One of the great strengths of the web is its function as a searchable, retrievable archive. The ability to isolate and zoom in on information has made Google one of the powerhouse companies of the last decade.
What should we do when a reader asks for the removal from the site of something he or she had said several years ago? People's views, after all, can change, and the positions one takes as a young person are not always the same after a few years. With a trend for employers to "Google" prospective employees, those comments could be potentially damaging to future job prospects.
In the past, retrieving such information from, say, a local paper would have been time-consuming and an unlikely recourse for an employer. Now, with the results available in a few seconds, past indiscretions can quickly become public knowledge.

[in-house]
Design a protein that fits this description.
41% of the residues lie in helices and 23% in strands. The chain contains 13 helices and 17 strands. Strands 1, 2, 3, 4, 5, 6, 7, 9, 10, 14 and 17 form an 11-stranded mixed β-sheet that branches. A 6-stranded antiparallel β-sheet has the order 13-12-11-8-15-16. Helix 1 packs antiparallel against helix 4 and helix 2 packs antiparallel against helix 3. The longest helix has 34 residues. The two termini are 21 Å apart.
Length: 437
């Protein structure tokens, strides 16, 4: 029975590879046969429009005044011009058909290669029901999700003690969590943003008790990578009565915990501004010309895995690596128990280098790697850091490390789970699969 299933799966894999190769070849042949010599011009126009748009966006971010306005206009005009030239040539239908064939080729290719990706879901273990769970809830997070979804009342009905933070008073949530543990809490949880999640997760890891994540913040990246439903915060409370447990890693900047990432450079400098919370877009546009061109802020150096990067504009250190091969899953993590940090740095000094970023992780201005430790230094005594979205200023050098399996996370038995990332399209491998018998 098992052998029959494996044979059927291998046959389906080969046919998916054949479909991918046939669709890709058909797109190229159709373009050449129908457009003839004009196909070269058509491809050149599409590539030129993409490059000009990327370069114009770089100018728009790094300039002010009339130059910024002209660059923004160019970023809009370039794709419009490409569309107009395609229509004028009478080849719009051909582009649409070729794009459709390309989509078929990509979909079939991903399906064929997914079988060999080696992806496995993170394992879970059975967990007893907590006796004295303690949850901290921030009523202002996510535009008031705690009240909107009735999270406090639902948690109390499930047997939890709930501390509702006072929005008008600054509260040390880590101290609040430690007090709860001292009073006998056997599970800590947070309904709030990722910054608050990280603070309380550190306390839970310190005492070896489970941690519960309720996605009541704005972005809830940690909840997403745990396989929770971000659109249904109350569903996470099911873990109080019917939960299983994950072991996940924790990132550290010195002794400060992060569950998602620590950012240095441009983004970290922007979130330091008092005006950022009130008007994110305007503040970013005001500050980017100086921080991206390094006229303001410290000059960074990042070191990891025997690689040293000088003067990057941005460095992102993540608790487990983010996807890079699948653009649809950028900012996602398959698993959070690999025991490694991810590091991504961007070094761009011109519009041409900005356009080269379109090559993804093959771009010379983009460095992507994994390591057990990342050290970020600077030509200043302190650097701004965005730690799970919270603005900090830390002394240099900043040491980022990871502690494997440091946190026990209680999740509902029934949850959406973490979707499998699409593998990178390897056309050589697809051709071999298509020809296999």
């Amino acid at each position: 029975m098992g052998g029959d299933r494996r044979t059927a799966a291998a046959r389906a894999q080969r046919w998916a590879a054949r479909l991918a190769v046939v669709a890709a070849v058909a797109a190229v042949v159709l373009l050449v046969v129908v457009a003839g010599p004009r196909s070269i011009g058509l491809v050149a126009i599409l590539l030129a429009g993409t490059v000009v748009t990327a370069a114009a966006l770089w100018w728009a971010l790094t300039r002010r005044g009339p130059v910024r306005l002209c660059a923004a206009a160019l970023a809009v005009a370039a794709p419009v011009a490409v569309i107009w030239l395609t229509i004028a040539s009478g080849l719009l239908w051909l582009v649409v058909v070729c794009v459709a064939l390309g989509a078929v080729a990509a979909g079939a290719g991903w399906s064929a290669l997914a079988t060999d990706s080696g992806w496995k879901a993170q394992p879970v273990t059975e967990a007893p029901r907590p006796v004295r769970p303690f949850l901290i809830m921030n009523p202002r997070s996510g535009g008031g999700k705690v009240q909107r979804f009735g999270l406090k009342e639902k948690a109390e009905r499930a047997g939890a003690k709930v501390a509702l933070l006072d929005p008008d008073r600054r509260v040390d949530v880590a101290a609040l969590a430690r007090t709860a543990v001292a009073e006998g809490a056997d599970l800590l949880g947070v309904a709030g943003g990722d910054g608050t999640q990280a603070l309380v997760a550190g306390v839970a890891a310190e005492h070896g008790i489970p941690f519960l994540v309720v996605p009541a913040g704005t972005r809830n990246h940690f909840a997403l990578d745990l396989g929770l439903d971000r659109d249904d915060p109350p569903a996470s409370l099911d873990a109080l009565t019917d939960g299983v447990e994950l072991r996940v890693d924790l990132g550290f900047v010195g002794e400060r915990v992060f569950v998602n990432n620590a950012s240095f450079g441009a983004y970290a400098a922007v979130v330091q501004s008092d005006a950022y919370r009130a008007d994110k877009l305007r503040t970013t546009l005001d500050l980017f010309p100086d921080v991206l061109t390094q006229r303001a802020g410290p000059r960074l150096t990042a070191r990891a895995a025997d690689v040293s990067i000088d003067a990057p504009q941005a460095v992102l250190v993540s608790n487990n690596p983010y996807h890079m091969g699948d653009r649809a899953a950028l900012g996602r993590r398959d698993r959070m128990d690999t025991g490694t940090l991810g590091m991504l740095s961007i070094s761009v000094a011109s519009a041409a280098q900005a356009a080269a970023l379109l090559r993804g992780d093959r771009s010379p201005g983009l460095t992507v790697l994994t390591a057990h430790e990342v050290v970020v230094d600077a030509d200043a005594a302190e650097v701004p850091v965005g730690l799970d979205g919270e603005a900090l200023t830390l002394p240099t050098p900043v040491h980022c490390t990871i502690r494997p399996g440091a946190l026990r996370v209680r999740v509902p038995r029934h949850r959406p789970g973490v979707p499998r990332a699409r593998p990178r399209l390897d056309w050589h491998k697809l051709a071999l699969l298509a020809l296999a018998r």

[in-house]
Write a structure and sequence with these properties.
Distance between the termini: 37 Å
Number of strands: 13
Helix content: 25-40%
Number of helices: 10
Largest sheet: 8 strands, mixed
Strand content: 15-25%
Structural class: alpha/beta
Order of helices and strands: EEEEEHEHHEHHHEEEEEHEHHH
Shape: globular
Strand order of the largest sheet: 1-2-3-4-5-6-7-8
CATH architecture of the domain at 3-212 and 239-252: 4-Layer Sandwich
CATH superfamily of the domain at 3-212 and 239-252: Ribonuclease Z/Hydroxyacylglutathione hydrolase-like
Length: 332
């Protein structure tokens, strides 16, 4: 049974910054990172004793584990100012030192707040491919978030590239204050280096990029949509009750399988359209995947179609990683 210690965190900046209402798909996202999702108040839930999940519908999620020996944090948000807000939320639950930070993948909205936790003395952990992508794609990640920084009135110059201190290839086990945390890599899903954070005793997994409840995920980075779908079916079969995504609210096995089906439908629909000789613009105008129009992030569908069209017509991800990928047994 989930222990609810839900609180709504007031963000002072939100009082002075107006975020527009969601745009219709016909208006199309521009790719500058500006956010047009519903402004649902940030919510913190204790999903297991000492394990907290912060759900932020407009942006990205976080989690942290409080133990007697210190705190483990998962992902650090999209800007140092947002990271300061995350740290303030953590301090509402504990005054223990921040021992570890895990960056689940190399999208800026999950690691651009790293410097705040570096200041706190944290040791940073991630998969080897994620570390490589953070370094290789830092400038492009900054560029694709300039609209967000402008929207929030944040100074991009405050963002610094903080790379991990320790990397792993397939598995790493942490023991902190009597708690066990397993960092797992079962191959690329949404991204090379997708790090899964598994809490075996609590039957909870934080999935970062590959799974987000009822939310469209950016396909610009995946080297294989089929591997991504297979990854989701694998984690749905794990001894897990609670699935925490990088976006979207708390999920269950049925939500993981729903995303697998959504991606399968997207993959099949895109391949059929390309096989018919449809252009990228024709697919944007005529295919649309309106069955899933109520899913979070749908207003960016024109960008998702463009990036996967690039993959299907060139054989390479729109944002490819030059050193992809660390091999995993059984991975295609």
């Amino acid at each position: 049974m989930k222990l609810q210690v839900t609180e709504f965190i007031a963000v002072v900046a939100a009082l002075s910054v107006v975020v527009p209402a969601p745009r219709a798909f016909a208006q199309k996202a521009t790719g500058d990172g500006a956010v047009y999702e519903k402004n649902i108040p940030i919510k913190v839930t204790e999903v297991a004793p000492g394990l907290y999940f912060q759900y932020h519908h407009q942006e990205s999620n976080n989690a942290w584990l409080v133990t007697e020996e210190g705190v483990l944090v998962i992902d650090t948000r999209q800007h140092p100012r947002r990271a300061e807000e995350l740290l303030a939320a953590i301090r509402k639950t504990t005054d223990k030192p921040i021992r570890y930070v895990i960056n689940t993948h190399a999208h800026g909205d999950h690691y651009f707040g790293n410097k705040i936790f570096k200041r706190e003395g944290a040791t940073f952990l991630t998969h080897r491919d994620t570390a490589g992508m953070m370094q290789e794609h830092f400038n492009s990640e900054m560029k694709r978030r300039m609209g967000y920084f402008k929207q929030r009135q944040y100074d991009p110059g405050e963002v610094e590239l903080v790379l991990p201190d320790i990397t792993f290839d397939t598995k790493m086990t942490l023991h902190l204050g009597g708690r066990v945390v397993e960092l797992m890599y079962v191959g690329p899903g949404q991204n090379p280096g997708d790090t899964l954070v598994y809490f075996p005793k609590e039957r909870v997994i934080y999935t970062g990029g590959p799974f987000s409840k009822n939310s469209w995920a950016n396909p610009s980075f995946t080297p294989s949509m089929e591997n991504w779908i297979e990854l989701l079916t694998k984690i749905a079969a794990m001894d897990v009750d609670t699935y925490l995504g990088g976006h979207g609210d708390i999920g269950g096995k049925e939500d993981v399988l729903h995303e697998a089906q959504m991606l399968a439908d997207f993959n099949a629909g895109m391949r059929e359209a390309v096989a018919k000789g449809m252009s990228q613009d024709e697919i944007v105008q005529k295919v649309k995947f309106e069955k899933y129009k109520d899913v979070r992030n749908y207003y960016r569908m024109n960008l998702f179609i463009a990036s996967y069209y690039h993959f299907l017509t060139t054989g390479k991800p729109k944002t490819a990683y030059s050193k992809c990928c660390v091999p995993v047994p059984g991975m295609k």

My instinct is to refuse requests for removal; airbrushing material from the past just feels plain wrong and could open the door to hundreds, if not thousands, of revisionist requests. It seems to me that you have to live by the consequences and if you've expressed a view in a public forum you have to accept that it might come back to haunt you.
For the future though, might this realisation of Google-power sound the death knell of the vox pop and phone-in?